Quick & Easy Hose Repair for a Dollar





Introduction: Quick & Easy Hose Repair for a Dollar

About: Army Vet. I love learning & being creative.

Fixing a leaky or damaged hose is a quick and easy repair. If you're having a problem because it's just leaking water near the spout you turn on, you most likely just need to get a new washer and put that in it. That works for minor leaks at the spout. For a more damaged hose or leaks in the middle of it somewhere, you just need to buy a "mender" and follow these simple instructions to get that fixed and working again. I have two hoses and both were damaged - one had the metal damaged on the end so I couldn't attach it to anything and the other had a hole in the middle of it. It only took about 5-10 minutes to fix them both. So, let's get started!

Step 1: Materials Needed to Repair Hose

Materials Needed for Hose Repair:

  • Utility Knife
  • Screw Driver
  • Mender Kit (I bought the menders at the Dollar General for $1 a Piece)
  • *Optional: Washer (you can buy a pack for about a $1)

Make sure you know which mender kit you've purchased as the ends are different for the female and male connectors.

Step 2: Cutting & Getting Mender Ready

Once you know the part you want to cut off the damaged hose, do so with the utility knife. Try to make a nice clean straight cut across. Then take out the mender and it should have a plastic piece covering the bottom part of it with two screws in it. Loosen up or remove the screws so you can then take out the main plastic hose connector (the black middle piece in my photos).

Step 3: Replacing & Tightening

Once you take out the black piece, you will need to push that into the hose where you cut the piece off. This can be difficult to work it back into the hose. Some people say it helps to hold the end of the hose under hot water for a minute before putting the plastic piece in it. I managed to push it in without doing that. Once the black connector piece is pushed in completely, then you can take the green plastic pieces out.

Take the green plastic pieces and put it back on with the hose and tighten the screws fully. Then, add a new washer in if it's needed and you are done! All fixed! Now there's no need to buy another hose!



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    30 Discussions

    Wow awesome! Even if it gives your hose just a little longer life it's totally worth it for just $1! :)

    Cool! Nice, simple repair. I'd be interested in hearing how it holds up after a couple months of use. :-D

    4 replies

    I have done this before also, it works well for a couple of years. A lot depends on how much the plastic is in the sun, with the UV rays breaking it down. Metal is better to use, but also most kits are harder to use with metal.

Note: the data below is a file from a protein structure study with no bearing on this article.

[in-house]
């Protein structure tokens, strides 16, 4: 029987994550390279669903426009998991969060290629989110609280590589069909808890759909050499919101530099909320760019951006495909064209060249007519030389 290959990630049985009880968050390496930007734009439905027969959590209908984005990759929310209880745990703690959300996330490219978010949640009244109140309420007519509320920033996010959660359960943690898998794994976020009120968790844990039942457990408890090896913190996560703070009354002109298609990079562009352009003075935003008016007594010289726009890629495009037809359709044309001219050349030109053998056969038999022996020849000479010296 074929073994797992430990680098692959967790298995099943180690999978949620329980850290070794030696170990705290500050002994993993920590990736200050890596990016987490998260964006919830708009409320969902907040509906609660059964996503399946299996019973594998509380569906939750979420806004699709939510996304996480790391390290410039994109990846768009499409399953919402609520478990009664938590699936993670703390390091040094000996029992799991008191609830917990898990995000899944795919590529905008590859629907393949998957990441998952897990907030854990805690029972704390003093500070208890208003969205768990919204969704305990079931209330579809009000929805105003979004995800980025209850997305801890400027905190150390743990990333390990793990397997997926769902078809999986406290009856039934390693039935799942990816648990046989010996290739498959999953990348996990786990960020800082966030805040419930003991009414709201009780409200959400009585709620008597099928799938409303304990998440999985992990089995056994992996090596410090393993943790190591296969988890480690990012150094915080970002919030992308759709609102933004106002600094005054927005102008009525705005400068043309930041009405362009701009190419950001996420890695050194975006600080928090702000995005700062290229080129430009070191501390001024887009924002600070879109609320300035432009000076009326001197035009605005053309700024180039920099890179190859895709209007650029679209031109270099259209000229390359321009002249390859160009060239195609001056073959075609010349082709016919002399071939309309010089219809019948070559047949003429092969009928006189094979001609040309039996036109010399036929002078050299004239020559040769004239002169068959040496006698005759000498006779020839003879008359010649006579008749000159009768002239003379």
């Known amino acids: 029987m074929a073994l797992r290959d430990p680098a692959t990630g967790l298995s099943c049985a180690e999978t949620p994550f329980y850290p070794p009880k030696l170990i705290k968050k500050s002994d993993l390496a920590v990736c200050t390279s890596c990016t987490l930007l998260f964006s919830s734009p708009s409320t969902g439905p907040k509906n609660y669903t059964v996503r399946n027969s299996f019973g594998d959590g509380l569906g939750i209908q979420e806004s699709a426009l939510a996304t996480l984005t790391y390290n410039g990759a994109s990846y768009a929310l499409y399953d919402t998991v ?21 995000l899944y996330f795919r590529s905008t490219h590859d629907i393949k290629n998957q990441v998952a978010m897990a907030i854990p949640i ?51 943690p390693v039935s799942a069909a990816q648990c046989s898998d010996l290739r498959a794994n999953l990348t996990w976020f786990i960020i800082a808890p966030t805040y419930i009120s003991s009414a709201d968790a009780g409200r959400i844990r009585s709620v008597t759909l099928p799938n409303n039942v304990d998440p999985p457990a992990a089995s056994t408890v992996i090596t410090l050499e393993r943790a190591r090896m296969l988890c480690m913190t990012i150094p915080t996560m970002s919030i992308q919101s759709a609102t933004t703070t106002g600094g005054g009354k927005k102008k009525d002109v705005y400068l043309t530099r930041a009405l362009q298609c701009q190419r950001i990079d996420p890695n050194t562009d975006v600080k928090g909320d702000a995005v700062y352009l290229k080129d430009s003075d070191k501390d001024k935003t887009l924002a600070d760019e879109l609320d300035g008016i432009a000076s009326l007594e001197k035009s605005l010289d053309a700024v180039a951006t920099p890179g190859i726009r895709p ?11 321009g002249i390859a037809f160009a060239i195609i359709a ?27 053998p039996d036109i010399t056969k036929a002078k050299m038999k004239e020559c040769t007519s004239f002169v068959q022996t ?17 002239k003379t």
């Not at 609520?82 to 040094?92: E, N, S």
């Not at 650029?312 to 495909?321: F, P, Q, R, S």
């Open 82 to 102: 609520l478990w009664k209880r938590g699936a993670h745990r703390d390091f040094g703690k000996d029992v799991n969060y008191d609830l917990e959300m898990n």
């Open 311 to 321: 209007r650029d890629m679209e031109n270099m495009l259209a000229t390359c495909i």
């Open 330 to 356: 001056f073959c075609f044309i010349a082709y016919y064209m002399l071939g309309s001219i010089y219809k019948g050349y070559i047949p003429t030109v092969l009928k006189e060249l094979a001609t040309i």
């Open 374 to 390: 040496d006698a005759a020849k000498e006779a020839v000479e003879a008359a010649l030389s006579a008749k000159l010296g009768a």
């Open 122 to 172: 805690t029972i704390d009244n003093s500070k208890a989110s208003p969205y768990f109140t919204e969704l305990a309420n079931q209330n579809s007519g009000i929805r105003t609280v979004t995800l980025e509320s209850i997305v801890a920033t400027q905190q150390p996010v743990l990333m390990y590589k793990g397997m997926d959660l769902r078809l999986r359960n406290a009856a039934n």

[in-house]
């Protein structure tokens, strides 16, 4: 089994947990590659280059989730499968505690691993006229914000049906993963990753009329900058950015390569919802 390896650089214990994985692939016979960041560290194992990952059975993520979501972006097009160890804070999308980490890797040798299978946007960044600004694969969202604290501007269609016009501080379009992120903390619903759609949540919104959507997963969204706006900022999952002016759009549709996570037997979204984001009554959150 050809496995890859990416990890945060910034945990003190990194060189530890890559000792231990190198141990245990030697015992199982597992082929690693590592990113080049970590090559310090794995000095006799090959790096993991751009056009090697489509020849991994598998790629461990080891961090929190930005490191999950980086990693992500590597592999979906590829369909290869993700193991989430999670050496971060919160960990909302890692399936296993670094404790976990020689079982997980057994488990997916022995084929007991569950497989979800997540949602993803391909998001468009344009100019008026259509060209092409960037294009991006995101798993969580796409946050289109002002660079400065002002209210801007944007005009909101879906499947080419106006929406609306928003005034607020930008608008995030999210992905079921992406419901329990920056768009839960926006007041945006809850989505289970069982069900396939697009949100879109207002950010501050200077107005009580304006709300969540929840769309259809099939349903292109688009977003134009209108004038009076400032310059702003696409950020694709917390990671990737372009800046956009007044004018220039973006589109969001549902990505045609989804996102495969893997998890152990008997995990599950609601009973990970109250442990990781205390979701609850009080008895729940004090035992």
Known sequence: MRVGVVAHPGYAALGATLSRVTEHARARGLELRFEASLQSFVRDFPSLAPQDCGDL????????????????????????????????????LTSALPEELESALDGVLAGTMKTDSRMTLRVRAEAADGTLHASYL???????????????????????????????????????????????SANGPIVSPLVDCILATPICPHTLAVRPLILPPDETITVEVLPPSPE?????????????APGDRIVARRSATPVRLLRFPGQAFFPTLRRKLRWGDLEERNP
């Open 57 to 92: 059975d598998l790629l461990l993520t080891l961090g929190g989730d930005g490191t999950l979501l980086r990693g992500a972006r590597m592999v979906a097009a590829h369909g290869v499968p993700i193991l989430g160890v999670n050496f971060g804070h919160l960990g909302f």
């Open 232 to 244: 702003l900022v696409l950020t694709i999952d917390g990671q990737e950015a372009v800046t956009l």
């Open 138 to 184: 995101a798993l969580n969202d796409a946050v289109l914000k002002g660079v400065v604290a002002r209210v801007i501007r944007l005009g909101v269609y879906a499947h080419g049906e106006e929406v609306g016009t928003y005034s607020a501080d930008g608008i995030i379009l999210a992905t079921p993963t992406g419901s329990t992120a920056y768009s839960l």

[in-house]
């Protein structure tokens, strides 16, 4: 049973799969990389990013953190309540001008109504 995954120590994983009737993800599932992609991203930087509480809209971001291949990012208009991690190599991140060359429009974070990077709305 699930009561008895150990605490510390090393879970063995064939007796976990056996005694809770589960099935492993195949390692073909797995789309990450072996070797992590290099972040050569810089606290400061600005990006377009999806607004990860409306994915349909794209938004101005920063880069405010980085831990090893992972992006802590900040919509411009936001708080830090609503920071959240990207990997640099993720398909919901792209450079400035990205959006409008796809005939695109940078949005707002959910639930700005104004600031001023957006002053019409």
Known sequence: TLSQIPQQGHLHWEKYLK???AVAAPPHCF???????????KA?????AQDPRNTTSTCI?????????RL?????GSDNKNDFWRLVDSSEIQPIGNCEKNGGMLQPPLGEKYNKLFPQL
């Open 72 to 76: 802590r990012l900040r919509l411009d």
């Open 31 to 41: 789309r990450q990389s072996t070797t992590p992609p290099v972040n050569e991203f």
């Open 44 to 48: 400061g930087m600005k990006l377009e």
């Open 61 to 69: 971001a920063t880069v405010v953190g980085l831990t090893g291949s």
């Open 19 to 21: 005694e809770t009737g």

Actually, if the hose was a decent quality one, these repairs can last for YEARS if:

    1. you don't run over the hose with your car!

    2. You don't drag the bare male hose end around on concrete or asphalt!

    In my experience the hose usually fails again before the fitting. Then you can just cut the hose off again and move the fitting down.

    I noticed recently that my garden hose has developed a split in it. I think I'm just going to buy a whole new hose though. The one I have is so lousy it constantly kinks up on me, which really bugs me when I am trying to relax, and just garden.

    4 replies

    I usually use 75-100 ft of hose to get my whole farm/garden watered and the kinking was driving me craaaazy until I found gatorhyde hose online ... it kinks every once in a while but really not much at all, and you can usually just shake it and it unkinks. i did a lot of research and this one had the fewest complaints for kinking. Got it last spring 2013 and it still acts brand new.

    Thanks for the tip. I'm definitely in the market for a new hose. This is the year of the hoses I suppose. I just had to get a new vac hose for my pool too, because my old one split. When it rains it pours! I got my pool hose online too. The one that just split on me I bought at my pool store and it is the cheapest piece of junk going, although I don't remember it being cheap to buy. It just looks like molded plastic to me, no reinforcing wire, no nothing. It didn't have a swivel cuff either. My old vac hose would wind up while I was vacuuming the pool, and I'd lose suction because of it. That was annoying as all get out. It'd be like a python in the pool, coiling up on itself. The new one seems to work better to me. There's nothing quite like a good hose I guess?